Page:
April 04, 2014

42nd annual Chief Wahoo protest

Native Americans, others protest Indians’ logo

By Associated PressAs excited baseball fans, many of them wearing Cleveland’s smiling Chief Wahoo logo, headed into Progressive Field for Friday’s home opener, a smaller group stood by unable to share their enthusiasm.

Holding hand-painted signs that read, “We Are Not Honored,” and “Our Children Are Not Mascots,” a contingent of Native Americans and some of their supporters demonstrated against the Indians’ use of their red-faced Wahoo logo.

The protesters, who have been gathering outside the ballpark’s entrances on opening day for years to voice their displeasure about the team’s use of the long-standing logo, stayed behind barricades as Indians fans walked by for the game against the Minnesota Twins.

Robert Roche, executive director of the American Indian Education Center, is adamant the team should abolish the logo permanently.

“The issue is simple,” said the 66-year-old Roche, his hair braided with white threads. “We are not mascots. I’m nobody’s mascot. My children are not mascots. It mocks us as a race of people. It mocks our religion.”
But it was one particular face-off that kicked this story into high gear on the Internet:

Redface has another big day at the ballpark in Cleveland

By Cleveland FrownsAbout 45 minutes before the first pitch of the Cleveland Indians’ home opener on Friday against the Minnesota Twins, I took the below photo just outside of Gate C at Progressive Field, where a protest against the Cleveland team’s name and Chief Wahoo logo was being held by a group organized by the local chapter of the American Indian Movement (AIM).

Pictured at left is Robert Roche, a Chiricahua Apache tribe member, AIM member, Executive Director of the American Indian Education Center in Parma, Ohio, and more. At right is Cleveland Indians baseball fan Pedro Rodriguez, who is not a Native American.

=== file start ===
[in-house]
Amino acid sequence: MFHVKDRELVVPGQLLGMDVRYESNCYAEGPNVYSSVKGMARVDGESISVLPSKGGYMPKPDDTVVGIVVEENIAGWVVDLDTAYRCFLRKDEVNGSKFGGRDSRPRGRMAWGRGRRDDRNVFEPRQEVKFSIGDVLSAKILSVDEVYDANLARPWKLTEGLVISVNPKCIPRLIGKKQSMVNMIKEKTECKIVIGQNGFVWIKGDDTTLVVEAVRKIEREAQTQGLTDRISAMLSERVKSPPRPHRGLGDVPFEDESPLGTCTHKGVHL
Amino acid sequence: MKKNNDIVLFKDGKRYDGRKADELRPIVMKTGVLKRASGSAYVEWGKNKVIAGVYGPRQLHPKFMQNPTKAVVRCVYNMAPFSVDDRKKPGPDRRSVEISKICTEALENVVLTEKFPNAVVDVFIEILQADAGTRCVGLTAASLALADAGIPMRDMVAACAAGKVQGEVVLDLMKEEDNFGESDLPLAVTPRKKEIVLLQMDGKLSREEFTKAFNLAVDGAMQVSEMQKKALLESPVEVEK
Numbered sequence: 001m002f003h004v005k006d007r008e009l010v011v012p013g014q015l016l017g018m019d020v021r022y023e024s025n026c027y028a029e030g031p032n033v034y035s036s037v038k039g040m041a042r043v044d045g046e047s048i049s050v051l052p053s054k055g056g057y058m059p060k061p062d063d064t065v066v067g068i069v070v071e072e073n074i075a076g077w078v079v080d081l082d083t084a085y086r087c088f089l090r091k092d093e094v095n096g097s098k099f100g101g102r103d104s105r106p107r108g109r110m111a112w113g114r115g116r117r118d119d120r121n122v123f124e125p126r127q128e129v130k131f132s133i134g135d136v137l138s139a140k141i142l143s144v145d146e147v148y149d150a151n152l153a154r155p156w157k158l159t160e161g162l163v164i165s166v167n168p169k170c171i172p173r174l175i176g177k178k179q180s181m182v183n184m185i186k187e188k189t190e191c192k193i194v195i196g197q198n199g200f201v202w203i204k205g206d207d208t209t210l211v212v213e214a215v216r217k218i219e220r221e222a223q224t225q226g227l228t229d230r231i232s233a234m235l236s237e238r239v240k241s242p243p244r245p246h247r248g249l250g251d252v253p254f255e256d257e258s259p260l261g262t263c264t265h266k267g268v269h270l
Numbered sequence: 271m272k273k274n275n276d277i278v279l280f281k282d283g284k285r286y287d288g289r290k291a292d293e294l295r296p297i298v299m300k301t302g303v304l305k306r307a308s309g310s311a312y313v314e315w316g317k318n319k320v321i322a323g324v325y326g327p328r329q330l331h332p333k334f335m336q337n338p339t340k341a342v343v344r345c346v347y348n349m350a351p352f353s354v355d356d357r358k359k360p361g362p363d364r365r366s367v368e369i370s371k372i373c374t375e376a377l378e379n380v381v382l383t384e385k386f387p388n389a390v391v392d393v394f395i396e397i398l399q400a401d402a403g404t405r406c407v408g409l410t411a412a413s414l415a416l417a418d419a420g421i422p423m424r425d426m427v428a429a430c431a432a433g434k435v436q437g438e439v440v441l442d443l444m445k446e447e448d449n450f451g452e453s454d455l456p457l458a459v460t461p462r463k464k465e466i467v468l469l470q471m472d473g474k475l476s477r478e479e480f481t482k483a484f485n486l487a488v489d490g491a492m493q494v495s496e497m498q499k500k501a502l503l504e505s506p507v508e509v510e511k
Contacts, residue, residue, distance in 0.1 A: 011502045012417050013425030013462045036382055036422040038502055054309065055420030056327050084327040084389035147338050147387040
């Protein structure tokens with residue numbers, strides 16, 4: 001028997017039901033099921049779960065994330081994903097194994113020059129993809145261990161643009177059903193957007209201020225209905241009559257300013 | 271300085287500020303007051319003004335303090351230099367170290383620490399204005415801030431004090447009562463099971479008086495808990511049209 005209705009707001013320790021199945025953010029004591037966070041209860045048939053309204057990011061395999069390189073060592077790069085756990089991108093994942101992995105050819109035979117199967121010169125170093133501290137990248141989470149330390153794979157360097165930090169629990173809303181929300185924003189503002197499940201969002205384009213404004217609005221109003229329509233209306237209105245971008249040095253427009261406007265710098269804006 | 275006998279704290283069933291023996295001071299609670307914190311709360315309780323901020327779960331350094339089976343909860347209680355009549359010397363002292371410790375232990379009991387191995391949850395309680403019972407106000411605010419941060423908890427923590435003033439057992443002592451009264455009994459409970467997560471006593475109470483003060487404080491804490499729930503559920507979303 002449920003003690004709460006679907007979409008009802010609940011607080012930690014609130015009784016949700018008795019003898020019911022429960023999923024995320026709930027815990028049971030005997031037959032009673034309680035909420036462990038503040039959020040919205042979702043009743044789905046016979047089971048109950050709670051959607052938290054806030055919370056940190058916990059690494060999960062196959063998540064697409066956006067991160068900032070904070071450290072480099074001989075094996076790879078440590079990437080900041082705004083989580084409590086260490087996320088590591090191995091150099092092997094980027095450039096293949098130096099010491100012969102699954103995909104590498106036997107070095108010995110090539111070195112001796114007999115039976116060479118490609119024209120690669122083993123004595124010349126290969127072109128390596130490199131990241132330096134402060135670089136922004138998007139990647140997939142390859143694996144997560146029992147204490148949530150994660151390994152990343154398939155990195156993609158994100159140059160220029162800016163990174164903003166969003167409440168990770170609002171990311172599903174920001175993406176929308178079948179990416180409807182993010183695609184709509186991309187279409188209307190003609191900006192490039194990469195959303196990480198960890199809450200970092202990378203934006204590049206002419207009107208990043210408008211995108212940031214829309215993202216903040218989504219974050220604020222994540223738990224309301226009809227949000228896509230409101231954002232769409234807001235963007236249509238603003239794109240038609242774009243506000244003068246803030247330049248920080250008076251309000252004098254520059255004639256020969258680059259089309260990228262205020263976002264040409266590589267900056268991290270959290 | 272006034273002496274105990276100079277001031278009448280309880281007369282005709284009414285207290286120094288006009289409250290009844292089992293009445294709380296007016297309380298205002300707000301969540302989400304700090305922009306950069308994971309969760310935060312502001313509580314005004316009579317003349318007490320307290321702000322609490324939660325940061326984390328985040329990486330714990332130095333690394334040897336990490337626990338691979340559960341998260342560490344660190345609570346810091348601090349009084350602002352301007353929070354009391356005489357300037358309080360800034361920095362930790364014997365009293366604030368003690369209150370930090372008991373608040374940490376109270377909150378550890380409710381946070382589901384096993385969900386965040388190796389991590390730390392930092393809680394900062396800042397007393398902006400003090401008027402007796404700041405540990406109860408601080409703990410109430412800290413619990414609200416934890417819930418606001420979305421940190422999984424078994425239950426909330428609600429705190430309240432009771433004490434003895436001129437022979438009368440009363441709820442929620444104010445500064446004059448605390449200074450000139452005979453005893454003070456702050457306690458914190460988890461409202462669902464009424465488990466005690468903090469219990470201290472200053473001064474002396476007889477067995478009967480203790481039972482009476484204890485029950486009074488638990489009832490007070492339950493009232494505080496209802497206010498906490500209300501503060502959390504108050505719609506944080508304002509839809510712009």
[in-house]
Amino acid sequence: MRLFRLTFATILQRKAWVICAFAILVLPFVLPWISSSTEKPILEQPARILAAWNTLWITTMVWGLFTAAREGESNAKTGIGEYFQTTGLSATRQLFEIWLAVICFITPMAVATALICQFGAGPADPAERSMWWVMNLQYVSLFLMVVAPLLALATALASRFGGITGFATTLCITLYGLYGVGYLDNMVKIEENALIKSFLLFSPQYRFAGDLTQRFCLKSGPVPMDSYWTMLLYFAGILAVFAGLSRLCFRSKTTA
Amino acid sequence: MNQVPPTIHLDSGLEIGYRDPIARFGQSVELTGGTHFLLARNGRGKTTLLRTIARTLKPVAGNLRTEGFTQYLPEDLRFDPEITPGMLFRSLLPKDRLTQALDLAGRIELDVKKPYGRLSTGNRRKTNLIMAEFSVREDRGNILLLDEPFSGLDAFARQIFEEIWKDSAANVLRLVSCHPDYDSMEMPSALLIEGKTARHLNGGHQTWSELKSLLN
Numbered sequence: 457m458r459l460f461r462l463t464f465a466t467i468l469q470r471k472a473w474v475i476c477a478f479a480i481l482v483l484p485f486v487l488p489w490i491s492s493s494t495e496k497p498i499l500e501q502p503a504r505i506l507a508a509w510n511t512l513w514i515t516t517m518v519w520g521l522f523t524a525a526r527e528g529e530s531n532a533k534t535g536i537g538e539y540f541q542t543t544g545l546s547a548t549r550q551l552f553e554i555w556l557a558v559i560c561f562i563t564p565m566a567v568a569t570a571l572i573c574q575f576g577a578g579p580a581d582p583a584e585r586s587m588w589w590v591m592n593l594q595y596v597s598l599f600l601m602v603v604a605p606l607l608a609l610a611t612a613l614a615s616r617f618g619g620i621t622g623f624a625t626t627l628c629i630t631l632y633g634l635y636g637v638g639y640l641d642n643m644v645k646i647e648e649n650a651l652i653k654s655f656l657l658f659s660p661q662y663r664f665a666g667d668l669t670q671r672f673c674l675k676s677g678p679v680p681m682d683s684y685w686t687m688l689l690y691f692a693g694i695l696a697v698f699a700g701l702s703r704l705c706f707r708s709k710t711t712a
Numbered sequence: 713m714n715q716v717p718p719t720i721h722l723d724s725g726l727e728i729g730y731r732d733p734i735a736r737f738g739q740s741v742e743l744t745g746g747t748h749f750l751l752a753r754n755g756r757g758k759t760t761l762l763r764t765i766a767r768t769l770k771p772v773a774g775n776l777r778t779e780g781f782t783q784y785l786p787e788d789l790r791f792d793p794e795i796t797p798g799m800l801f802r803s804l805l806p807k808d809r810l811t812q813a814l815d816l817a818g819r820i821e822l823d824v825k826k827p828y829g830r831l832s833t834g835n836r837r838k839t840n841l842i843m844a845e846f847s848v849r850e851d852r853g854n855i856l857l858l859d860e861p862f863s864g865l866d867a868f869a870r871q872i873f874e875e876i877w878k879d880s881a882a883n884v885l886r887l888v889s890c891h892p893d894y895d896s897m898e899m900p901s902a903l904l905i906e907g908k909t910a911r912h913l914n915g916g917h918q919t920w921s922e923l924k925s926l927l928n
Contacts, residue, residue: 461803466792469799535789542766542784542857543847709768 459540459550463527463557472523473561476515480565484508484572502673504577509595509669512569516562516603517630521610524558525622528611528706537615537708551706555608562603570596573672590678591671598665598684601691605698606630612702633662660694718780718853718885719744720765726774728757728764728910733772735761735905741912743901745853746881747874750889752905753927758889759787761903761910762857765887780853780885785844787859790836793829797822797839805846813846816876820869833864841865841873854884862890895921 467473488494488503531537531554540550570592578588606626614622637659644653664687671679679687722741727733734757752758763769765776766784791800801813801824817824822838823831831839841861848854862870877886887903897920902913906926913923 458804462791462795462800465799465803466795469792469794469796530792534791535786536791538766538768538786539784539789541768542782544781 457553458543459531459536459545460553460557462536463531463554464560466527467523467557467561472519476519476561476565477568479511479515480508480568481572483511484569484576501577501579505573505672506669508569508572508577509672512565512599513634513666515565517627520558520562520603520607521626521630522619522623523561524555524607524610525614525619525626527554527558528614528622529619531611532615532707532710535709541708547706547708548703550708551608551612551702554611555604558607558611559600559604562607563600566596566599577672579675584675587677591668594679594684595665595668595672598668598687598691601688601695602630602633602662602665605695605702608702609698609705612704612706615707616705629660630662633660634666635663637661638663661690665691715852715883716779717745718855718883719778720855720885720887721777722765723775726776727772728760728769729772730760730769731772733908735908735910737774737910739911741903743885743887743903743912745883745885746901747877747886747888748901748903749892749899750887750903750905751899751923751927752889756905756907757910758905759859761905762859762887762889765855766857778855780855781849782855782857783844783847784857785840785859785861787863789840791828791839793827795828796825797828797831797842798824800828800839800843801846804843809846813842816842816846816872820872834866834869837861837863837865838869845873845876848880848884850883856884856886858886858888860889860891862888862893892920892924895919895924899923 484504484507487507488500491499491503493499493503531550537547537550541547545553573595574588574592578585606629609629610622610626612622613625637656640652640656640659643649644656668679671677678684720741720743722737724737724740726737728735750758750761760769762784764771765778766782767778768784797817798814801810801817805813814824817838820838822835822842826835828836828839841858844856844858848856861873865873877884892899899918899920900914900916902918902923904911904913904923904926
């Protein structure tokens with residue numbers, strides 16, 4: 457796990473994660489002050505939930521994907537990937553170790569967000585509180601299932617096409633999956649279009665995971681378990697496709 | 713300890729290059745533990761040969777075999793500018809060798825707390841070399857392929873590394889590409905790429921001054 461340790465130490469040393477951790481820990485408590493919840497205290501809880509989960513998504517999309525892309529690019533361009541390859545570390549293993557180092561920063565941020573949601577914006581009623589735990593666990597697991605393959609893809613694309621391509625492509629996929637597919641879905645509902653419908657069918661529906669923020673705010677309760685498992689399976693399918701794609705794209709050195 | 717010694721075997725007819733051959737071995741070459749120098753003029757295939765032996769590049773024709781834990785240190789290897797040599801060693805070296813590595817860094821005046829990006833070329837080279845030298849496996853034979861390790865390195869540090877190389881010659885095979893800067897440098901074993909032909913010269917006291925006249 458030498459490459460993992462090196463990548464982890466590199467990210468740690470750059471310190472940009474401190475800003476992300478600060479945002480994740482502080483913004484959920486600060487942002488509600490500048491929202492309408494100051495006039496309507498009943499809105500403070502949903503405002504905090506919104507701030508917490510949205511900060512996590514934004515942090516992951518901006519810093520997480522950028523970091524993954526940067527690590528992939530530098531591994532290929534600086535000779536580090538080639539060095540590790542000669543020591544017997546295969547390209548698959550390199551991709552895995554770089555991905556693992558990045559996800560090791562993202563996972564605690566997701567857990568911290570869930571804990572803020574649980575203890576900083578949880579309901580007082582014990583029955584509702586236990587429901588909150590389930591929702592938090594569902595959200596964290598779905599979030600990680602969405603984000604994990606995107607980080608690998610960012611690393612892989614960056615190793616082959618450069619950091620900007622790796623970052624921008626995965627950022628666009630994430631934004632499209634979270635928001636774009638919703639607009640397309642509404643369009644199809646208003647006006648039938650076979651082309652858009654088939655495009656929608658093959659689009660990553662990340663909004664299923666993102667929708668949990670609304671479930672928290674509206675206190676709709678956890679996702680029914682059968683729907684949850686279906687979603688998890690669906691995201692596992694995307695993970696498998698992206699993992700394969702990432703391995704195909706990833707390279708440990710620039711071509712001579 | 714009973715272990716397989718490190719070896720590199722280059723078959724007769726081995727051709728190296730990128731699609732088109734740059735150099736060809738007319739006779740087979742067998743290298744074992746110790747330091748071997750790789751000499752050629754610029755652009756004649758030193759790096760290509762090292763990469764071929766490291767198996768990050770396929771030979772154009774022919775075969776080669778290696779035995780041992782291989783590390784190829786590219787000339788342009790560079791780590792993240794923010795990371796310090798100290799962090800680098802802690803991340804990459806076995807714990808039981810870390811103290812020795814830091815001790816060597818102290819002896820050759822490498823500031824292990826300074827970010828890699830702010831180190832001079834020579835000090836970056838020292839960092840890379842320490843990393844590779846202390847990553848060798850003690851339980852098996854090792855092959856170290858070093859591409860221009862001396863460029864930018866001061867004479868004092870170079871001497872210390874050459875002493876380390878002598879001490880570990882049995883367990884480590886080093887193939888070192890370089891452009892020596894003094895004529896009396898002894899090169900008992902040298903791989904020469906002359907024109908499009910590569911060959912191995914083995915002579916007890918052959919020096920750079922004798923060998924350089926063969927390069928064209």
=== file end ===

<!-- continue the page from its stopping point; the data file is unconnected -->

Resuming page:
Shortly after snapping the photo I posted it to the Cleveland Frowns Twitter account from where it was quickly picked up by a number of national outlets, including Deadspin, Fox Sports, NBC Sports, SB Nation, Sports Illustrated, USA Today, and Yahoo. Scene’s Sam Allard, who also witnessed this confrontation, posted some pictures of his own along with a first-person account and roundup of responses to the anti-Wahoo protesters.

"It's Not Racist!" And Other Responses to Wahoo Protesters at Home Opener

By Sam AllardThe crazy thing about this afternoon's protest in general and the encounter above specifically was the lengths to which the Pro-Wahoo crowd is prepared to go (and here I primarily mean logical lengths) to deny the legitimacy of those offended by the logo.

The staunch, redfaced Rodriguez refused to acknowledge that the Native American man standing before him—Robert Roche, of the Apache Nation—could possibly take offense. Rorche literally told him he was offended by Chief Wahoo and the use of tribal feathers and redface, and Rodriguez just kept shaking his head.

It's actually a shame for the civil Wahoo supporters that their comrades put on such an embarrassing and primitive display this afternoon. Only twice in three hours did Pro-Wahoo folks talk politely with the protesters about the root of their opposition and try to explain their own difficulties with the dehumanizing logo. (One man turned his Wahoo hat around as a little peace offering).